May 24, 1811 – December 18, 1877
Ohio-born Charles Clark was a brigadier general in the Confederate Army and governor of Mississippi during the American Civil War.
Charles Clark was born in Lebanon, Ohio, near Cincinnati, on May 24, 1811. After graduating from Augusta College, in Kentucky in 1831, Clark relocated to Mississippi, where he taught school and studied law. After being admitted to the bar, Clark practiced law and became active in politics as a member of the Whig Party.
During the 1840s, Clark accepted a large tract of land between Beulah, Mississippi, and the Mississippi River as his legal fee for a case that appeared before the Mississippi Supreme Court. He developed a plantation there named "Doe-Roe," which was locally referred to as "Doro." Clark became a slaveowner and one of the wealthiest planters in Mississippi.
When the Mexican-American War began, Clark organized the Thomas Hinds Guards, an infantry company that became a part of the 2nd Regiment of Mississippi Volunteers. Clark initially served as a captain and later as a colonel.
During the controversy over the extension of slavery in the American Southwest after the Mexican-American War, Clark remained a Unionist and supported the Compromise of 1850. In 1856, he was elected to the Mississippi State Legislature, where he served until 1861. In 1860, Clark joined the Democratic Party and became an advocate for secession. He was a delegate to both Democratic conventions, in Charleston and Baltimore that year, and he supported the presidential candidacy of John C. Breckinridge.
When the Civil War began, Clark was appointed brigadier general and later major general of Mississippi state troops. When the Mississippi militia was incorporated into the Confederate army, Clark was appointed brigadier general, effective May 22, 1861. He initially served as a brigade commander under Albert Sidney Johnston in Kentucky. Clark was wounded in the shoulder while commanding the 1st Division of the Army of Mississippi at the Battle of Shiloh (April 6-April 7, 1862). Upon returning to active duty, Clark was injured again and taken prisoner while commanding a division during the Battle of Baton Rouge (August 5, 1862). He was imprisoned at New Orleans until February 1863. Clark's injuries cost him the use of his legs for the remainder of his life and forced him to leave active.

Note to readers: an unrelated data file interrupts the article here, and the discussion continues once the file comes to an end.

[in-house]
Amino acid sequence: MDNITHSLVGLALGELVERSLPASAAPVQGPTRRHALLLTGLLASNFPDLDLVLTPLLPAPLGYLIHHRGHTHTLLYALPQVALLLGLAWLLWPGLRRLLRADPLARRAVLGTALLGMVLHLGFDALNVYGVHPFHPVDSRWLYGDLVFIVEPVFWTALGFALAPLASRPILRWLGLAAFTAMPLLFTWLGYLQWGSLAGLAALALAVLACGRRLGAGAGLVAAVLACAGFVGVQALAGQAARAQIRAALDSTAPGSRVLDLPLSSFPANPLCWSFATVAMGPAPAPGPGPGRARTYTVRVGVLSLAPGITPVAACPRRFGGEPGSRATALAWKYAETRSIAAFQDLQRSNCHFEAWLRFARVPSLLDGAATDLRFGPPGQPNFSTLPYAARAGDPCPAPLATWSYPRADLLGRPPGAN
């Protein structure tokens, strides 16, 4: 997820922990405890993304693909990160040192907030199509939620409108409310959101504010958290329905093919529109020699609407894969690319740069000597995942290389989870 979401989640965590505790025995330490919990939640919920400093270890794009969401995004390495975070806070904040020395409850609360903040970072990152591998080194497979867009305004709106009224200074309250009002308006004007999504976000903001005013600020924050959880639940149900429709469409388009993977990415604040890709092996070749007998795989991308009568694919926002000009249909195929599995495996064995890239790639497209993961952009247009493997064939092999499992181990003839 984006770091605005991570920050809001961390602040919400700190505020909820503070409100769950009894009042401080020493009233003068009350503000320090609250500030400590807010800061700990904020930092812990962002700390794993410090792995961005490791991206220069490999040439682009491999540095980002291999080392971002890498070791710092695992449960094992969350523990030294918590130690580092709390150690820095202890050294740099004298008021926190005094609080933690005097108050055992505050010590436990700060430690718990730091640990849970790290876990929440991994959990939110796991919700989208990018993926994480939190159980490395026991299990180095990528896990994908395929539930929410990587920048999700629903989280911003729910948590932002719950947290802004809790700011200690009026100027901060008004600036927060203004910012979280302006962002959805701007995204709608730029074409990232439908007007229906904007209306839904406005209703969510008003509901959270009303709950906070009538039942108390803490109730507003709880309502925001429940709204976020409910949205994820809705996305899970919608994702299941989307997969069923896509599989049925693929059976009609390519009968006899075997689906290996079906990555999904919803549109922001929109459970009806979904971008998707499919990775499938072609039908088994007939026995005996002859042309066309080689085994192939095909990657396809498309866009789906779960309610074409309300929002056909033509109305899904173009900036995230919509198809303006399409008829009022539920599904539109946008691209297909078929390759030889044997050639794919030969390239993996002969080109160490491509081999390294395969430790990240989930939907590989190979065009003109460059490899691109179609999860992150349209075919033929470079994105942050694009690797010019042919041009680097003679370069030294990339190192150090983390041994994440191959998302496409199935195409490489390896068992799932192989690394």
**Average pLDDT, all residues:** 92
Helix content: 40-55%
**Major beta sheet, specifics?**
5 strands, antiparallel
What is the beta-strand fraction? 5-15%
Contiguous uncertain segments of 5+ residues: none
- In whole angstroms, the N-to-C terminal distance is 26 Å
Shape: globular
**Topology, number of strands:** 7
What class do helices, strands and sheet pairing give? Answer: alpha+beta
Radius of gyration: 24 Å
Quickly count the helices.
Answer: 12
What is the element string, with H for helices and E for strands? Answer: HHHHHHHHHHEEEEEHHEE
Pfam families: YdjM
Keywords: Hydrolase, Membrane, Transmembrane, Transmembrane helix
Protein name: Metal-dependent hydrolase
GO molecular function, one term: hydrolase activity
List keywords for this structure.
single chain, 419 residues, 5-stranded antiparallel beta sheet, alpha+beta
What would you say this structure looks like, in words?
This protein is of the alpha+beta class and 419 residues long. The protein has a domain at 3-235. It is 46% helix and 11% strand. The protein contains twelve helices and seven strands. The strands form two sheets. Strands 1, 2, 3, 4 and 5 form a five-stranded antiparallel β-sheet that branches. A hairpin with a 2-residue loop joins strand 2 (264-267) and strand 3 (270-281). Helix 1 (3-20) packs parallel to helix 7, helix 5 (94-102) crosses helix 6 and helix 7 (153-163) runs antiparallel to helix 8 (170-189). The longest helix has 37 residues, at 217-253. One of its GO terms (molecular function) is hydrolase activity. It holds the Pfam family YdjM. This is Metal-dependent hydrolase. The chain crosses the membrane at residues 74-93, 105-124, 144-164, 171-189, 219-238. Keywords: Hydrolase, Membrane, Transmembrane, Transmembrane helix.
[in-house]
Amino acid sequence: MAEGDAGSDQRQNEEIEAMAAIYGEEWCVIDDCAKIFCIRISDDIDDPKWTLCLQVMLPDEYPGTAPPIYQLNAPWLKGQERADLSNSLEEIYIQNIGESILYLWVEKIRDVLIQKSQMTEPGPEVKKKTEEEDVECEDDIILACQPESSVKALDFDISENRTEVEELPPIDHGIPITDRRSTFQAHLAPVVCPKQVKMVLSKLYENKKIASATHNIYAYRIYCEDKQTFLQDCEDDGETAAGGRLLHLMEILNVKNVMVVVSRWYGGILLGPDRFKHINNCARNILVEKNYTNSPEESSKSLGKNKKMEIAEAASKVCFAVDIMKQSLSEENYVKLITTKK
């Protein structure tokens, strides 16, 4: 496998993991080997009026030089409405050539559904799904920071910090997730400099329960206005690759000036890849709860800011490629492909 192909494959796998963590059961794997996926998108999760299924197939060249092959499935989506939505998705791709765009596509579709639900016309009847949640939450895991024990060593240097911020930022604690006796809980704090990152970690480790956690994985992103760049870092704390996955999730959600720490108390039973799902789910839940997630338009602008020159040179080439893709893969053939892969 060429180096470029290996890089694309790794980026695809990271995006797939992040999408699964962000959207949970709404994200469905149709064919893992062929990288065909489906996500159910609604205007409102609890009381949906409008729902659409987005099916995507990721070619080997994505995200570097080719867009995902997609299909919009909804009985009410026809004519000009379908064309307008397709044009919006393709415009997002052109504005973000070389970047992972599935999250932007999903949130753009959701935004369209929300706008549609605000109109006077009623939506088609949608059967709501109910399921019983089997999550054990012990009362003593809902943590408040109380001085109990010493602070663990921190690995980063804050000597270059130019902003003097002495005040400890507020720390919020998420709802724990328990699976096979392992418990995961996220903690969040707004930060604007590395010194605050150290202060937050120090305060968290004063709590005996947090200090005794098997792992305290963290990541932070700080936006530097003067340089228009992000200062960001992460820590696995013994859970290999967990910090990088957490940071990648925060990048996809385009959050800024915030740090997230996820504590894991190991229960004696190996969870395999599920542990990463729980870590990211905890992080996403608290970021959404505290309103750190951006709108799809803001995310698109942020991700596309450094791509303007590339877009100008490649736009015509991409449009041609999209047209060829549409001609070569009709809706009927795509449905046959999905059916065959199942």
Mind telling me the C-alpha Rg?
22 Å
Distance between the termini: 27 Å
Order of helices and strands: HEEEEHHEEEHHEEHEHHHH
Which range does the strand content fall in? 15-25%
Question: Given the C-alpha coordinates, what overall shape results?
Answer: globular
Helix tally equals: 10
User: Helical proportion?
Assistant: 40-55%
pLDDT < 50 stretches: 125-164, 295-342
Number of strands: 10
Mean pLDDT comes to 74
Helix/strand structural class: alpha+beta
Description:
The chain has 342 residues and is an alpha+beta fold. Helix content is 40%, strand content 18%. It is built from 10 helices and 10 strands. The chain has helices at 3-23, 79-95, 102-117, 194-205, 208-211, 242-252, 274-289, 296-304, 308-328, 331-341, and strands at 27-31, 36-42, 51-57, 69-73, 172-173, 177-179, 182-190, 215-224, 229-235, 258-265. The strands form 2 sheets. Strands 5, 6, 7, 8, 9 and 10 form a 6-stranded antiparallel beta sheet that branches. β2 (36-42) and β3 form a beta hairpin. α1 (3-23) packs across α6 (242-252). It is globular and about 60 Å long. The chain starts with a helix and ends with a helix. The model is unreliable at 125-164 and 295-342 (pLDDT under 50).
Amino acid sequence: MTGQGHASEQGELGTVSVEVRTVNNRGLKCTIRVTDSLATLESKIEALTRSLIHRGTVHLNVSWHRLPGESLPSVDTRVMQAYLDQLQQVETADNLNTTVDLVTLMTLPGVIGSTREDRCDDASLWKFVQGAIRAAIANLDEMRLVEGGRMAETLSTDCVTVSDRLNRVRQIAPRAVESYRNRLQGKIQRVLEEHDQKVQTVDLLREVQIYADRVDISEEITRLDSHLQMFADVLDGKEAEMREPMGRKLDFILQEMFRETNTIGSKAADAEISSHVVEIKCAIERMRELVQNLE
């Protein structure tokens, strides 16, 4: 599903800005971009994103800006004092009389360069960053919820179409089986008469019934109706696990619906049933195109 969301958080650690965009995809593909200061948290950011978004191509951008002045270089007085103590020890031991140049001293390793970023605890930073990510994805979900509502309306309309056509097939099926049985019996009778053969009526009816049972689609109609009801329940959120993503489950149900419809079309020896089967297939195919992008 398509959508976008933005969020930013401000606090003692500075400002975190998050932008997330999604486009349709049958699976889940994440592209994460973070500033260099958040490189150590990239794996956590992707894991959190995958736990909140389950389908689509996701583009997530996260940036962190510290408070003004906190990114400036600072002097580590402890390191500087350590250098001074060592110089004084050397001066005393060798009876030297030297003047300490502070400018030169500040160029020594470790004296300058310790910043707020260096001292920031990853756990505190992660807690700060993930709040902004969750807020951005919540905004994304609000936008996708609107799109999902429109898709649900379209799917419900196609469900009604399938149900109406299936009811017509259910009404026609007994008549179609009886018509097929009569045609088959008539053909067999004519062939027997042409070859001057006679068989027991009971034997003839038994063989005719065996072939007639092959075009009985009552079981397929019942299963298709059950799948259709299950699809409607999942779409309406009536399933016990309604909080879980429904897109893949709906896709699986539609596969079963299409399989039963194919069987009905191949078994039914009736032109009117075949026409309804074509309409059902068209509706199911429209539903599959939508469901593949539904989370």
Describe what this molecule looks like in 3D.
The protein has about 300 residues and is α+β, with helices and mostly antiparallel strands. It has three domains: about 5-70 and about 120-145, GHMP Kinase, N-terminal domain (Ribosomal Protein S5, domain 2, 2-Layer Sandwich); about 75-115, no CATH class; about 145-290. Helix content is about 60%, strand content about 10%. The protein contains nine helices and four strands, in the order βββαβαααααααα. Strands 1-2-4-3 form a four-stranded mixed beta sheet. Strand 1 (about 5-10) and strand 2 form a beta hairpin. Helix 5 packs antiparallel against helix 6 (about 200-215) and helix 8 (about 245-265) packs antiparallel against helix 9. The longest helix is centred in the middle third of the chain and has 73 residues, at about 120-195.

On October 5, 1863, voters elected Clark as Governor of Mississippi. He served in that capacity for the remainder of the Civil War. As the Confederacy disintegrated, Federal authorities arrested Clark in the spring of 1865 and imprisoned him at Fort Pulaski, Georgia. On September 2, 1865, Clark signed an oath of allegiance to the United States. He was paroled and released from prison in late September or early October of that year.
After his release from prison, Clark returned to practicing law and managing his plantation. When Reconstruction ended, Clark was appointed chancellor for the fourth judicial district in 1876 and served on the bench until his death.
Charles Clark died on December 18, 1877 and was buried on his plantation in Mississippi.
Clark was one of six generals in the Confederate Army who was born in Ohio.